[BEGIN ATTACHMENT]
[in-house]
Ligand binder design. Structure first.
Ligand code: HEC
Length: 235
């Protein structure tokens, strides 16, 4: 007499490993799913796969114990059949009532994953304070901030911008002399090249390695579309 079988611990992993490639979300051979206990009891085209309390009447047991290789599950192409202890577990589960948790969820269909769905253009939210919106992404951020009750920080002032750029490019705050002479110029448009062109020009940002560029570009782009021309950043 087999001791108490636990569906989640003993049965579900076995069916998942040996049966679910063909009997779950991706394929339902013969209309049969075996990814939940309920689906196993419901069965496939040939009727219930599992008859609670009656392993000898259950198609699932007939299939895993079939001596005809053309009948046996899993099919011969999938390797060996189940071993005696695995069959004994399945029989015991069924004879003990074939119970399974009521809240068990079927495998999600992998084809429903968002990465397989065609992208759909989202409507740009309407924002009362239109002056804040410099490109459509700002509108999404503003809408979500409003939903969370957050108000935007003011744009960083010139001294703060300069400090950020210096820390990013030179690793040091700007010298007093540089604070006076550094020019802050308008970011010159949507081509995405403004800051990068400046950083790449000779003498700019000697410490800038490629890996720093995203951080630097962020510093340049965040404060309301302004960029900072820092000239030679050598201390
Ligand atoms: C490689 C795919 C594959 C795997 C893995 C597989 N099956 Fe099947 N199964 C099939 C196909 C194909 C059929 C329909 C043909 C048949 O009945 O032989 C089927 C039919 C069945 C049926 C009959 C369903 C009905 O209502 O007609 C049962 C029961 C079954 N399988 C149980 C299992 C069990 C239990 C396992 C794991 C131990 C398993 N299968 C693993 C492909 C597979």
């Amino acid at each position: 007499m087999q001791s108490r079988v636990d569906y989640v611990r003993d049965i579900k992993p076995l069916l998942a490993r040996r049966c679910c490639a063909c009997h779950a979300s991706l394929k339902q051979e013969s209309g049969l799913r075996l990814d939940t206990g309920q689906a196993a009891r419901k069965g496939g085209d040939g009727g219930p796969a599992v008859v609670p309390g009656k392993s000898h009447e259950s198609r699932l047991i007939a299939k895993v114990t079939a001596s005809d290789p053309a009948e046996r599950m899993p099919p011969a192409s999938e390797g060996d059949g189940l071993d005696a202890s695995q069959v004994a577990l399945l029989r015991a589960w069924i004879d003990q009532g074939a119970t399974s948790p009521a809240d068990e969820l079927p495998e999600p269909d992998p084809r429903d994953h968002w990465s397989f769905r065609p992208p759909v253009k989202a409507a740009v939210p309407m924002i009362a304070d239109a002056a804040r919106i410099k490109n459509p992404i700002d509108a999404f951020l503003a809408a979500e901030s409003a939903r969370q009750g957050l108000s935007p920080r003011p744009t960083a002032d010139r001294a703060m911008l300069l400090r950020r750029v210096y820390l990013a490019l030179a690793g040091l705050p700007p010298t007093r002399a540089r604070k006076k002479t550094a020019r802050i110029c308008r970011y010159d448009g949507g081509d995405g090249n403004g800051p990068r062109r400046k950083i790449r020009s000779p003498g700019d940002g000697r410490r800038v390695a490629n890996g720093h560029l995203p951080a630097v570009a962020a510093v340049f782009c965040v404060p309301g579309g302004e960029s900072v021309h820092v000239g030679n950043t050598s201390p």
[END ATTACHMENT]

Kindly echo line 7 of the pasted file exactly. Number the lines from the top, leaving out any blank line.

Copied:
């Amino acid at each position: 007499m087999q001791s108490r079988v636990d569906y989640v611990r003993d049965i579900k992993p076995l069916l998942a490993r040996r049966c679910c490639a063909c009997h779950a979300s991706l394929k339902q051979e013969s209309g049969l799913r075996l990814d939940t206990g309920q689906a196993a009891r419901k069965g496939g085209d040939g009727g219930p796969a599992v008859v609670p309390g009656k392993s000898h009447e259950s198609r699932l047991i007939a299939k895993v114990t079939a001596s005809d290789p053309a009948e046996r599950m899993p099919p011969a192409s999938e390797g060996d059949g189940l071993d005696a202890s695995q069959v004994a577990l399945l029989r015991a589960w069924i004879d003990q009532g074939a119970t399974s948790p009521a809240d068990e969820l079927p495998e999600p269909d992998p084809r429903d994953h968002w990465s397989f769905r065609p992208p759909v253009k989202a409507a740009v939210p309407m924002i009362a304070d239109a002056a804040r919106i410099k490109n459509p992404i700002d509108a999404f951020l503003a809408a979500e901030s409003a939903r969370q009750g957050l108000s935007p920080r003011p744009t960083a002032d010139r001294a703060m911008l300069l400090r950020r750029v210096y820390l990013a490019l030179a690793g040091l705050p700007p010298t007093r002399a540089r604070k006076k002479t550094a020019r802050i110029c308008r970011y010159d448009g949507g081509d995405g090249n403004g800051p990068r062109r400046k950083i790449r020009s000779p003498g700019d940002g000697r410490r800038v390695a490629n890996g720093h560029l995203p951080a630097v570009a962020a510093v340049f782009c965040v404060p309301g579309g302004e960029s900072v021309h820092v000239g030679n950043t050598s201390p």